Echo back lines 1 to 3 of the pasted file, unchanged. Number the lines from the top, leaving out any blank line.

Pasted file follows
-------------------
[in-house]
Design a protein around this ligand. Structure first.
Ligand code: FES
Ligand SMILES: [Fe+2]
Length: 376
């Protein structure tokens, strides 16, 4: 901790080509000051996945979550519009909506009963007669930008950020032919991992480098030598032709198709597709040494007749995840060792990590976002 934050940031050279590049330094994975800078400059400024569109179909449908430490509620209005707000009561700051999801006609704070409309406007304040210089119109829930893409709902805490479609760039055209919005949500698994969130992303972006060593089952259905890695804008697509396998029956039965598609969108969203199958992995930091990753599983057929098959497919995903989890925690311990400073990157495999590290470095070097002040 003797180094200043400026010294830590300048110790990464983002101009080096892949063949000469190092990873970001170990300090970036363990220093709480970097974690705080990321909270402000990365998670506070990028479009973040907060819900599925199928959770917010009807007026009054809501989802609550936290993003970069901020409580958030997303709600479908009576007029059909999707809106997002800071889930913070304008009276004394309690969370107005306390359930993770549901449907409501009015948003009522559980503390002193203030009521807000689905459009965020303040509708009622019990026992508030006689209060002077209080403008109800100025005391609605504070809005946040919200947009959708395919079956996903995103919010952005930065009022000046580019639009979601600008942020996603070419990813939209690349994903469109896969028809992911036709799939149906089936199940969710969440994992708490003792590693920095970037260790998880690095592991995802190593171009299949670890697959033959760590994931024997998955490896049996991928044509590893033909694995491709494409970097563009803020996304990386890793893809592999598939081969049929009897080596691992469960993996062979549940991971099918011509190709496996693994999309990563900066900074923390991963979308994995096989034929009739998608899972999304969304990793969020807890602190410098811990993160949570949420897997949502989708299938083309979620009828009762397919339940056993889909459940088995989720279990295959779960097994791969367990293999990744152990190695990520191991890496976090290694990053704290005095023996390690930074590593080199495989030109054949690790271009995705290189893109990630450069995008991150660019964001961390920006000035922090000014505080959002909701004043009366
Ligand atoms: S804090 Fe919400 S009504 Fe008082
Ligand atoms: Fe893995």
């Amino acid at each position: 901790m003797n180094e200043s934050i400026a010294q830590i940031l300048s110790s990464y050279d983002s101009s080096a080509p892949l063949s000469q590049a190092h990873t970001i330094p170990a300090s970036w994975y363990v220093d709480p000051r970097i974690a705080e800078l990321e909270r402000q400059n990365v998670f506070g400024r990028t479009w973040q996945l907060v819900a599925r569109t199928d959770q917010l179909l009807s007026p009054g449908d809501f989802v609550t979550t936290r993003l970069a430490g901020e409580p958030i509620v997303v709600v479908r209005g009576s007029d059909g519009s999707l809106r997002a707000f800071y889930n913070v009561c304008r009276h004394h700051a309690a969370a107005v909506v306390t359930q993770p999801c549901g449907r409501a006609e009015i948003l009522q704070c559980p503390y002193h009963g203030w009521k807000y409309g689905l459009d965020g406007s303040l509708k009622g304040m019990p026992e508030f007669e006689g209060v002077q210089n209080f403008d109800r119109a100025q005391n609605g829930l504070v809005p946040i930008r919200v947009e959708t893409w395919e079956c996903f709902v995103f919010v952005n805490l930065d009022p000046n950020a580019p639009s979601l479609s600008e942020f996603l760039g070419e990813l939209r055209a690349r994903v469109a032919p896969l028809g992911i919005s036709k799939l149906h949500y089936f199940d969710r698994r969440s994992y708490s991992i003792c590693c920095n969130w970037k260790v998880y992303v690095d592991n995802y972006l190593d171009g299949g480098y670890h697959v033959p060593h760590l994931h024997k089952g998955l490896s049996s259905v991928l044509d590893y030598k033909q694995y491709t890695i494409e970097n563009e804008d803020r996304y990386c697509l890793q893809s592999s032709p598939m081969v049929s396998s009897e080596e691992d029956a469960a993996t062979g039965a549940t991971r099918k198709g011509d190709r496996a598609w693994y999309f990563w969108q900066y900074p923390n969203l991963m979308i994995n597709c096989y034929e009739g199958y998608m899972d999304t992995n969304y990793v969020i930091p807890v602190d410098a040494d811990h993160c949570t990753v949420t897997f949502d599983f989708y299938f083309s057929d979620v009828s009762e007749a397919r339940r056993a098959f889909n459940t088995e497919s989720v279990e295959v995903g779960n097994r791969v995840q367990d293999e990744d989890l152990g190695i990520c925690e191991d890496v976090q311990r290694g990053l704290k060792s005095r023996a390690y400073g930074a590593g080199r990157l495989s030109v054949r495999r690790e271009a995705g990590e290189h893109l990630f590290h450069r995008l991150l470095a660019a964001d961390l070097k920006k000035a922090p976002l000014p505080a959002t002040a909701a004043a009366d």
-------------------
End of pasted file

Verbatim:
[in-house]
Design a protein around this ligand. Structure first.
Ligand code: FES